Despite growing opposition from members of London City Council, including Mayor Matt Brown, London’s top cop is refusing to put an end to the controversial practice of street checks.
During a snap-news conference Tuesday afternoon at London Police Headquarters, Chief John Pare defended the need for the checks – also known as carding – but noted that members of the service would be held accountable for biased interactions.
“I have made it clear that interactions with members of the public that are arbitrary, racially motivated, or conducted in a biased manner will not be tolerated, and members of this police service will be held accountable for any contravention of the regulation in our procedures relating to bias-free policing” Pare said.
Pare, who held the news conference alongside LPSB Chair Jeannette Eberhard, told reporters the service maintained that interacting with the community and recording some interactions was important to public safety. Members of the public expected a proactive police force rather than one that waited for a call or reacted to incidents after they had occurred, he said.
“In fulfilling our public safety mandate it is our intent to continue to deliver effective services that are compliant with all applicable legislation while ensuring supervision and oversight mechanisms are in place to safeguard the rights and freedoms of all citizens.”
Pare told reporters that training relating to the practice was provided to all members of the police service earlier this year, and that mandatory Ministry training began earlier this month.
The hastily announced news conference came less than two hours before City Council would unanimously vote to endorse a motion that would see Mayor Matt Brown present a letter to the London Police Services Board demanding that police ban the practice of street checks and ensure ongoing anti-racism and anti-oppression training across the organization.
The same motion sailed through city committee last week with unanimous support.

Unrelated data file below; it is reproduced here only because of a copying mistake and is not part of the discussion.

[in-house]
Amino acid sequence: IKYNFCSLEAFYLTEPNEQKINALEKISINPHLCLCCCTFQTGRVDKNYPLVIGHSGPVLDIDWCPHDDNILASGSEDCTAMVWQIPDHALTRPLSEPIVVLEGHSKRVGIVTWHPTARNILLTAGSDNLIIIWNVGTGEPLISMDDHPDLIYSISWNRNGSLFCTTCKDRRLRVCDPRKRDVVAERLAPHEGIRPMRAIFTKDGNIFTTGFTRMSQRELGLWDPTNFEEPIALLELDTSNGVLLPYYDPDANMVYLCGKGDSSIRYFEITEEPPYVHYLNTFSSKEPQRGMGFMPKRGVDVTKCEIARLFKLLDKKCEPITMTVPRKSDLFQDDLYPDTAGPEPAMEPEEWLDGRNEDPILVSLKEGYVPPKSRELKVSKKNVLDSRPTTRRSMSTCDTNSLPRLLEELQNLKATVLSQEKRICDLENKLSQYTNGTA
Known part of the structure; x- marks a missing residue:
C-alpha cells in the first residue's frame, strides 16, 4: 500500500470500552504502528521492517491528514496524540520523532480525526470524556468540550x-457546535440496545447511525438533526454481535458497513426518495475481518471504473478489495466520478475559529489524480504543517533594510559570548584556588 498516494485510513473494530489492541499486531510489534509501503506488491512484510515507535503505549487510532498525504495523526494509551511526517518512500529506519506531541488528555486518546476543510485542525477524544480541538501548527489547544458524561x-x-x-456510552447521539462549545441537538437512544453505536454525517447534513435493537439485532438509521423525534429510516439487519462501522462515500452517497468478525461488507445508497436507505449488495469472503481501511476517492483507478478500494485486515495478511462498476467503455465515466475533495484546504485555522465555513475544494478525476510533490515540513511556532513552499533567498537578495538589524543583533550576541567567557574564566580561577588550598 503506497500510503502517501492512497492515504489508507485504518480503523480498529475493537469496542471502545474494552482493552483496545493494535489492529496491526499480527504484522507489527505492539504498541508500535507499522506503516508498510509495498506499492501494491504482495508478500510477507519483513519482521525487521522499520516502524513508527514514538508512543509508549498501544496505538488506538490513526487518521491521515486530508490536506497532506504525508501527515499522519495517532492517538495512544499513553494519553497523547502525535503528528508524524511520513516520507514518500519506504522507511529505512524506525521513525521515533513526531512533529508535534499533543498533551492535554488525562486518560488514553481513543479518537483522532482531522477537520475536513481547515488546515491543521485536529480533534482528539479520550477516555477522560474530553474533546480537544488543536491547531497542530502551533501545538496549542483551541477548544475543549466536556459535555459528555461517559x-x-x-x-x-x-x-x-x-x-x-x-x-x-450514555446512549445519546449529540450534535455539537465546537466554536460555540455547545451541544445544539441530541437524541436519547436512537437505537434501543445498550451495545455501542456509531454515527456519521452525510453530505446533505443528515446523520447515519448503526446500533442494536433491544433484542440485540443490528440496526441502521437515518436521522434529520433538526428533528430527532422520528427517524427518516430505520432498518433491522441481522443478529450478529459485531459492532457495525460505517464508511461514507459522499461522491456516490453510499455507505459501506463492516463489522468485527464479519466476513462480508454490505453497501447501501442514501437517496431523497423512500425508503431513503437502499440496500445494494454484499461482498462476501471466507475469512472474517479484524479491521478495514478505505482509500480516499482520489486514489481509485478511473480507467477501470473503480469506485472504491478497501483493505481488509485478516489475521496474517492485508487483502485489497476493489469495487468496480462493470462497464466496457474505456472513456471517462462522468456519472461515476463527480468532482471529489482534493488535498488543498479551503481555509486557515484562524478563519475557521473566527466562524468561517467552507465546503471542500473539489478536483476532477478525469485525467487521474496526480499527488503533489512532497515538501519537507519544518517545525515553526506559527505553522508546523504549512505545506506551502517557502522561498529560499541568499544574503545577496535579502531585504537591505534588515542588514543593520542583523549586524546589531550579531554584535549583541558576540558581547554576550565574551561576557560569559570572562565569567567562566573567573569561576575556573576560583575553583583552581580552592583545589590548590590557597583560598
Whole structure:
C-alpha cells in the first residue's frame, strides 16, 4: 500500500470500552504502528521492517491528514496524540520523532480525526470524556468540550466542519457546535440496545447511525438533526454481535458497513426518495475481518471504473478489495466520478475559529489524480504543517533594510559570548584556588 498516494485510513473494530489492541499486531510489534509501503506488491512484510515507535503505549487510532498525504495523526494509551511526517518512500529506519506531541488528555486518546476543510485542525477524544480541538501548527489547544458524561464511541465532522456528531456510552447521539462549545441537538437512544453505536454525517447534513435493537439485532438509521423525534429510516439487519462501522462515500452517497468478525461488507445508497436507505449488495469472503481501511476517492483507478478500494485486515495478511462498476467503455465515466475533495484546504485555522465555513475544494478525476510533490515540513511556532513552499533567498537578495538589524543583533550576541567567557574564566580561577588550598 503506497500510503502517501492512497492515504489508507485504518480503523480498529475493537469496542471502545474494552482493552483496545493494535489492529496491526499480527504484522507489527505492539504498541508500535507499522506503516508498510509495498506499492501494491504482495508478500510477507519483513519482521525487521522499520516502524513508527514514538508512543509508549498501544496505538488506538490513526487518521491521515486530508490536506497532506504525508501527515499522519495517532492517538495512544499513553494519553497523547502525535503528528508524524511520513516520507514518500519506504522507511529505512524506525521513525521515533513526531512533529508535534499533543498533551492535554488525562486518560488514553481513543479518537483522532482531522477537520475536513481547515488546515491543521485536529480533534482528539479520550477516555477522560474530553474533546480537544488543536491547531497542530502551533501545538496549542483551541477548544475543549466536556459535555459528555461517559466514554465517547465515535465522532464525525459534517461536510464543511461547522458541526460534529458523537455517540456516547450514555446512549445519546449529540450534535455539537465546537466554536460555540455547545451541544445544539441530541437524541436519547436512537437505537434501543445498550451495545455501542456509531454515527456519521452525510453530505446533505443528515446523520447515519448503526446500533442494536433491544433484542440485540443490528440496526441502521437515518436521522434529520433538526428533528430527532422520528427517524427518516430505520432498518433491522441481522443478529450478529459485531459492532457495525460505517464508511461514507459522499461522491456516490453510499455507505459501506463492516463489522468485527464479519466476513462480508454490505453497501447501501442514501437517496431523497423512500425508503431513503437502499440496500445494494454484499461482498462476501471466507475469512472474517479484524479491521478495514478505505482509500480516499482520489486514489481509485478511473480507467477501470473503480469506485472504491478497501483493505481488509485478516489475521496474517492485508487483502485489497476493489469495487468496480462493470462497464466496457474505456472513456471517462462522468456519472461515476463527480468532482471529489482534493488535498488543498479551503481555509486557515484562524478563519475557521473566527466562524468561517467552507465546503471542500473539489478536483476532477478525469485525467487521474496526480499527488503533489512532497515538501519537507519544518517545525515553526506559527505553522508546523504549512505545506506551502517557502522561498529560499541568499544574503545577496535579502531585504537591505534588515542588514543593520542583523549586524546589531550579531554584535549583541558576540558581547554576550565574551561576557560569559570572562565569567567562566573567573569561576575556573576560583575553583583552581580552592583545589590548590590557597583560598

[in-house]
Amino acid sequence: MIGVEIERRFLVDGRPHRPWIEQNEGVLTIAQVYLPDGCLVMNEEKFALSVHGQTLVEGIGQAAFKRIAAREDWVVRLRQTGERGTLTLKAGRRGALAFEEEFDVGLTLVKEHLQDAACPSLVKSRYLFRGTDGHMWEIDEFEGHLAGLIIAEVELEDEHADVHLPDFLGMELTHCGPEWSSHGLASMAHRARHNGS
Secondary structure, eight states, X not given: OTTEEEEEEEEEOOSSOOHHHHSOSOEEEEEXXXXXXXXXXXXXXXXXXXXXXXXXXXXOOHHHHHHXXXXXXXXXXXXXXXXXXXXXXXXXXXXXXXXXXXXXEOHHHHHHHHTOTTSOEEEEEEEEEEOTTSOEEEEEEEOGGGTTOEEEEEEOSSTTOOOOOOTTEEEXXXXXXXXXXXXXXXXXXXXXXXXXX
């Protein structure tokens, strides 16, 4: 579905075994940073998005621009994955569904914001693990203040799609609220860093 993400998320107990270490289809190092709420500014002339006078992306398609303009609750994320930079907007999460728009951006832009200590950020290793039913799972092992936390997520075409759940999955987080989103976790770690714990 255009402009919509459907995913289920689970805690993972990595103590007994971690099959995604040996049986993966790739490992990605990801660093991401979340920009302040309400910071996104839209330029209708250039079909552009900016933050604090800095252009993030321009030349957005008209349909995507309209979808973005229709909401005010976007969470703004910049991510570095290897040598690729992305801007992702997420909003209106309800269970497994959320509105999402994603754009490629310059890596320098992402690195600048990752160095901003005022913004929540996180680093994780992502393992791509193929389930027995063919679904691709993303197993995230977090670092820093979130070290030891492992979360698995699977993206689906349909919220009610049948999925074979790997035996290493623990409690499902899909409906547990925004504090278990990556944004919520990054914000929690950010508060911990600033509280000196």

The vote, however, is largely seen as symbolic, as police can’t be forced to do away with the practice.
Carding is whereby police officers record information about people, vehicles and properties though details like names, addresses, date of birth, races, and identifiable markings of community members. The interactions are voluntary, although critics argue that people may not know they have the right to decline to answer questions.
Critics of the practice say that minority groups are disproportionately exposed to carding. According to London Police numbers, of the 14,000 people entered in the service’s database in 2014, 71.2 per cent were white, and 7.7 per cent were black. Census numbers from 2011 show London’s population was 82 per cent white, and 2.2 per cent black.
Starting January 1st, Police will be provincially mandated to tell any carded individual that they don’t have to answer questions. Police will also give them a receipt at the end.
Police Chief John Pare has rejected calls to include a reason for the street check on the receipt, citing privacy concerns. Pare has stated he doesn’t need the board’s approval for the decision, and says the receipts meet provincial guidelines.
The decision to not include a reason on the receipt has further irked anti-carding protesters, who plan to demonstrate outside Police headquarters during the next Board meeting on December 14th.
Asked if he had concerns the carding issue came off as a clash between police and City Hall, Pare referenced the work he and Councillor Mo Salih did earlier in the year co-chairing a community and police collaboration group.
“For 10 months we’ve met on a monthly basis with the community to hear concerns and issues, some of it resolved around the street checks, some of it resolved around the relationships and partnerships that we have with many diverse communities,” Pare said. “I made a commitment, and we’re going forward with some of the training suggestions that are being brought forward by these individuals in the community.
Pare was also asked how the public could trust police’s word that the practice wouldn’t be used in a discriminatory way given that the service’s own statistics showed a higher number of stops for residents who are visible minorities.
“There could be a number of underlying reasons,” Pare said. “Certain groups, racial or otherwise, have different rates of contact with the police, this is not a phenomenon that is (unique to) London, it’s not a phenomenon to the province, or across this country. There are a number of socio-economic factors that may or may not contribute to this. … To characterize the collection of identifying information as a racist practice is really a simplistic response to a very complex issue.”
Speaking with reporters after the news conference, Forrest Bivens of the London Race Relations Advisory Committee criticized the lack of communication surrounding carding’s effectiveness and its propensity to disproportionately target minority groups.
He added that many didn’t seem to understand the effect carding has on people.
“Even if you’ve never been carded as a person of colour, you know you’re more statistically more apt to be stopped. You’re looking over your shoulder,” Bivens said. “The people who are making these decisions, it doesn’t affect their lives, or the lives of people that they love, their family members, it doesn’t affect the people that they socialize with on a day to day basis. … If they’re not seeing the effects of it, then why should they care?”